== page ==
If the coalition’s only goal is to enforce a No Fly Zone, then boots on the ground may not be necessary – but preventing Qaddafi’s air forces, such as they are, from reaching the skies will do very little when it’s the dictator’s armor and soldiers who are doing so much of the terrorizing and killing. Are we willing to simply enforce the freedom of the skies over Libya while Qaddafi continues to slaughter his own people?
Adding a significant air-to-ground component to this action runs huge risks, particularly without troops on the ground. Yes, the US has ultra-accurate weaponry, including GPS-guided bombs that can be accurate to within a single meter – but without intelligence about where that targeted meter should be, they are next to useless. Laser- and IR-guided bombs are similarly imprecise without a controller on the ground marking targets for these weapons. Further, given Libya’s makeup – it is constituted largely of desert with a small number of large cities – the majority of actual fighting is destined to take place in urban terrain, which is incredibly difficult and dangerous terrain in which to utilize standoff weapons without ground-level intel and terminal attack controllers.
Further, utilizing such weaponry in urban settings plays directly into the hands of our opponents PR-wise, as well. We’ve all seen it before, in America’s wars and in Israel’s: a guided bomb is dropped, and the next thing you know the enemy is claiming that women and children were killed, and is producing pictures to “prove” it. Sometimes this is true; sometimes it’s a result of the use of “human shields”; and sometimes it’s propaganda. Regardless of which category any instance fits into, the result is a disastrous optic event which plays to those in that part of the world, and here at home, who are already predisposed to think the worst of the West and its military activities.
Finally, McCain also made an interesting comment today about the “other capabilities” the US would make use of once it relinquished its role as leader of the coalition (a development Mullen spoke to repeatedly, but which seems, to put it mildly, less than realistic). McCain said the US can engage in “jamming [Qaddafi's] communications” – naturally – and in “getting some people trained.”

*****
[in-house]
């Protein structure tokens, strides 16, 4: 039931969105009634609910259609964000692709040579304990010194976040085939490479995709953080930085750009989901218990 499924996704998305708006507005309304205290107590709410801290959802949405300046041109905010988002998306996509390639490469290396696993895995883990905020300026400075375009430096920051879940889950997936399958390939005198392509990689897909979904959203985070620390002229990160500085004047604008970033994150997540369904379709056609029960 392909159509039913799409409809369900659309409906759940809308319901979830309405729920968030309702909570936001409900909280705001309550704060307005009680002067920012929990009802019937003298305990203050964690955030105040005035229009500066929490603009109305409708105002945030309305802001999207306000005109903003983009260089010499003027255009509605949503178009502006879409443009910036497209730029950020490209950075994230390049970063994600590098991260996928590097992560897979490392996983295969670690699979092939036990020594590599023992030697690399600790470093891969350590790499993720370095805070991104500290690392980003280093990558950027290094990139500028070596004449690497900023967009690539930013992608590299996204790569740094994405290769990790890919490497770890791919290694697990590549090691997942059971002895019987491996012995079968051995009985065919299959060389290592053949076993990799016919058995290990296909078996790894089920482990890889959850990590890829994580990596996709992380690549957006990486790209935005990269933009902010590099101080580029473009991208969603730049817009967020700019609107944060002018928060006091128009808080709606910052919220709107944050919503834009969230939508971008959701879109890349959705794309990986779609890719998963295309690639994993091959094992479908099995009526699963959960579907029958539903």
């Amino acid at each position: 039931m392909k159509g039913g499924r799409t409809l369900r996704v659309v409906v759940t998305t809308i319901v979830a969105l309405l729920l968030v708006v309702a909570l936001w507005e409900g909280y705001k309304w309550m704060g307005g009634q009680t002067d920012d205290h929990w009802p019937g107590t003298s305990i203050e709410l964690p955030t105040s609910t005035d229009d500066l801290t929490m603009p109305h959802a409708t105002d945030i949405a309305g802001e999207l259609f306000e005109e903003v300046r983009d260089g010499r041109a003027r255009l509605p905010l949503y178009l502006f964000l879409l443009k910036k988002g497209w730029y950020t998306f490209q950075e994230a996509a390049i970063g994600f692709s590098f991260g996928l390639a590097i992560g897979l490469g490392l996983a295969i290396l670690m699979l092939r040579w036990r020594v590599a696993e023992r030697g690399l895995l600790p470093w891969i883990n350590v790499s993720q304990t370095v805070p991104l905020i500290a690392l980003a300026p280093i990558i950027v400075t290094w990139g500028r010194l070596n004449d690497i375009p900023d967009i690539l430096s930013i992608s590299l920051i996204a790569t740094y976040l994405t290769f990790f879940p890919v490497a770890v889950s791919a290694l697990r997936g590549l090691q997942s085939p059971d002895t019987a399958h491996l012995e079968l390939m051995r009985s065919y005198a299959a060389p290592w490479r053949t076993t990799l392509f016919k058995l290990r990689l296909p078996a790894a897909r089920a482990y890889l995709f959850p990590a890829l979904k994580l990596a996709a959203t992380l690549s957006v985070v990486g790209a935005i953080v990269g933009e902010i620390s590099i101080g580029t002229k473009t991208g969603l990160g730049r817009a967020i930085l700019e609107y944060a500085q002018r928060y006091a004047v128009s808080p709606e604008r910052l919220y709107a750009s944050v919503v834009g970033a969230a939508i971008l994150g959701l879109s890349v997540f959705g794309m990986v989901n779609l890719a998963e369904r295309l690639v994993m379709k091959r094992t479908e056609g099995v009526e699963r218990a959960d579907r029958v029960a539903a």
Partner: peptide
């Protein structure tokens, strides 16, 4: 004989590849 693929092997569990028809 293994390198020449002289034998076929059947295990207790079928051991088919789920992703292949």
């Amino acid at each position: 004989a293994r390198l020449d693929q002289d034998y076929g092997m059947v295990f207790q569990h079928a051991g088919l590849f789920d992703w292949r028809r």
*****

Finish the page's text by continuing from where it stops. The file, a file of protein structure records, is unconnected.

“Getting some people trained.” That, as I’m sure the Senator knows, doesn’t happen from a TLAM launch platform or from the cockpit of an F-15E or F-16CJ; it happens on the ground. This, of course, brings us back to a question I asked in the wake of the UNSC Resolution’s passage: What, exactly, constitutes a “ground troop” to those who make our military decisions (top among whom is President Obama)? Are we really going to risk not only our pilots for a goal which nobody seems to know or understand, but our Special Forces as well (and, if anybody in the chain of command has half a brain, the aforementioned terminal controllers who absolutely should be accompanying SF into the country), who are already being worked beyond the limits of most humans’ ability in Iraq, Afghanistan, and several other locations around the globe?
The answer to that one seems obvious: of course we are. The answer to the more important question, though – what on earth is the goal of our action in Libya, and how will we know when it’s been achieved? – is, like the truth in X-Files, still out there. I wish I had confidence that the Chief Decider, President Obama, had the slightest clue what that answer was. However, if he does in fact know, he apparently isn’t telling anybody else, including the highest-ranking general in his own military.
How’s that for a confidence-builder?